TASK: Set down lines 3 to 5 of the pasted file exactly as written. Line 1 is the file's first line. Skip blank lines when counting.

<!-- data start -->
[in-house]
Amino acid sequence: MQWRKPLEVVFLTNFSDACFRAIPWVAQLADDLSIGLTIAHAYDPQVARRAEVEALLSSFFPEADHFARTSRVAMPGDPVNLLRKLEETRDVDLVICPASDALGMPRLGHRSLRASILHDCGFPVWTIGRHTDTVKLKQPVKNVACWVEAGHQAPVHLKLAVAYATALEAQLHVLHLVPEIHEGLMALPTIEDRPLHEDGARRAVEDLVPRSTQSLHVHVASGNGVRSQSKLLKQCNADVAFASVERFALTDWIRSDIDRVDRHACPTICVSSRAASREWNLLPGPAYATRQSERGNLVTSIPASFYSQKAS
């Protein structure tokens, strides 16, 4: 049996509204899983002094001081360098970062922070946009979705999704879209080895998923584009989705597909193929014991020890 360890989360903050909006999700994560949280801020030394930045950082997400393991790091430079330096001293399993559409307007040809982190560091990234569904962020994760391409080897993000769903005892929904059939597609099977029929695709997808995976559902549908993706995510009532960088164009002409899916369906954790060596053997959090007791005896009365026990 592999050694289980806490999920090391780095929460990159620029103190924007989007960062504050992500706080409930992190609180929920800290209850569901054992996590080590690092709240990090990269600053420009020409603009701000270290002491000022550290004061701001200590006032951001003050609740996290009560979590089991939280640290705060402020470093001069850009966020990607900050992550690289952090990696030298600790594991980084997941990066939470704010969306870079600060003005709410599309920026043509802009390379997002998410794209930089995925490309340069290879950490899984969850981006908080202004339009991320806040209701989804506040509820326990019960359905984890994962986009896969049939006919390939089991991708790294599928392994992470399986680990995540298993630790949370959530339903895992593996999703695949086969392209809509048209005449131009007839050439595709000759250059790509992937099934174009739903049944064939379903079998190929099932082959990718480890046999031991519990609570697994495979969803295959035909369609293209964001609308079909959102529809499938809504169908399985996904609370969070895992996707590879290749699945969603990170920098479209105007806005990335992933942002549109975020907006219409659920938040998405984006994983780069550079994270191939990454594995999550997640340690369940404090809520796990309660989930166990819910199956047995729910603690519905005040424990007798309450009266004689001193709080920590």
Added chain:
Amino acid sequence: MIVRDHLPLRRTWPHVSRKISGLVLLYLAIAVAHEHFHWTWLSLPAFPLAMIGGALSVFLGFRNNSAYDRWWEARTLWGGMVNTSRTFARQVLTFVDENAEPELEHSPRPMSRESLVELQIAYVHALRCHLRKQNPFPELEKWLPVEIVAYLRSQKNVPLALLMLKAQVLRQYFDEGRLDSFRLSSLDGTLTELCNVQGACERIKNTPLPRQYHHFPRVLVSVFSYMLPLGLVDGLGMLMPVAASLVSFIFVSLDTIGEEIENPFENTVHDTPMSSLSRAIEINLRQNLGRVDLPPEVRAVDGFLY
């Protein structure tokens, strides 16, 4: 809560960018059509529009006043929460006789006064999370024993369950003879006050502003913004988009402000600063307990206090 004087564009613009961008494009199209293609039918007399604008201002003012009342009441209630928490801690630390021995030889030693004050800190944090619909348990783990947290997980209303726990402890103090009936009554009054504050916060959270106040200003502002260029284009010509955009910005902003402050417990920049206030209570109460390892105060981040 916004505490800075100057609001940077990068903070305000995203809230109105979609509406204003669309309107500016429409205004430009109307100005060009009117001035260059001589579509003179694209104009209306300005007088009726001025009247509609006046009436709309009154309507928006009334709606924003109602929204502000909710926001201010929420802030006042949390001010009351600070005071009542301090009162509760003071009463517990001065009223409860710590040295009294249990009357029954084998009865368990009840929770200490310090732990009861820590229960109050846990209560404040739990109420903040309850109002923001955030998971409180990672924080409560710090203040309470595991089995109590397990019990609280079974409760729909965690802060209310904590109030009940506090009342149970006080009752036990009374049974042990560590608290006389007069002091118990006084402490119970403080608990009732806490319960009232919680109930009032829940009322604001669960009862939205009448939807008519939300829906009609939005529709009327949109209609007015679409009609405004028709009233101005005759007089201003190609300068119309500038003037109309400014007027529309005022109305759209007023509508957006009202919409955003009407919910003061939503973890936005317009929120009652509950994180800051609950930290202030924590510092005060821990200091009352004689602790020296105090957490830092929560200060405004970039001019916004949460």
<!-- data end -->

């Protein structure tokens, strides 16, 4: 049996509204899983002094001081360098970062922070946009979705999704879209080895998923584009989705597909193929014991020890 360890989360903050909006999700994560949280801020030394930045950082997400393991790091430079330096001293399993559409307007040809982190560091990234569904962020994760391409080897993000769903005892929904059939597609099977029929695709997808995976559902549908993706995510009532960088164009002409899916369906954790060596053997959090007791005896009365026990 592999050694289980806490999920090391780095929460990159620029103190924007989007960062504050992500706080409930992190609180929920800290209850569901054992996590080590690092709240990090990269600053420009020409603009701000270290002491000022550290004061701001200590006032951001003050609740996290009560979590089991939280640290705060402020470093001069850009966020990607900050992550690289952090990696030298600790594991980084997941990066939470704010969306870079600060003005709410599309920026043509802009390379997002998410794209930089995925490309340069290879950490899984969850981006908080202004339009991320806040209701989804506040509820326990019960359905984890994962986009896969049939006919390939089991991708790294599928392994992470399986680990995540298993630790949370959530339903895992593996999703695949086969392209809509048209005449131009007839050439595709000759250059790509992937099934174009739903049944064939379903079998190929099932082959990718480890046999031991519990609570697994495979969803295959035909369609293209964001609308079909959102529809499938809504169908399985996904609370969070895992996707590879290749699945969603990170920098479209105007806005990335992933942002549109975020907006219409659920938040998405984006994983780069550079994270191939990454594995999550997640340690369940404090809520796990309660989930166990819910199956047995729910603690519905005040424990007798309450009266004689001193709080920590």
Added chain:
Amino acid sequence: MIVRDHLPLRRTWPHVSRKISGLVLLYLAIAVAHEHFHWTWLSLPAFPLAMIGGALSVFLGFRNNSAYDRWWEARTLWGGMVNTSRTFARQVLTFVDENAEPELEHSPRPMSRESLVELQIAYVHALRCHLRKQNPFPELEKWLPVEIVAYLRSQKNVPLALLMLKAQVLRQYFDEGRLDSFRLSSLDGTLTELCNVQGACERIKNTPLPRQYHHFPRVLVSVFSYMLPLGLVDGLGMLMPVAASLVSFIFVSLDTIGEEIENPFENTVHDTPMSSLSRAIEINLRQNLGRVDLPPEVRAVDGFLY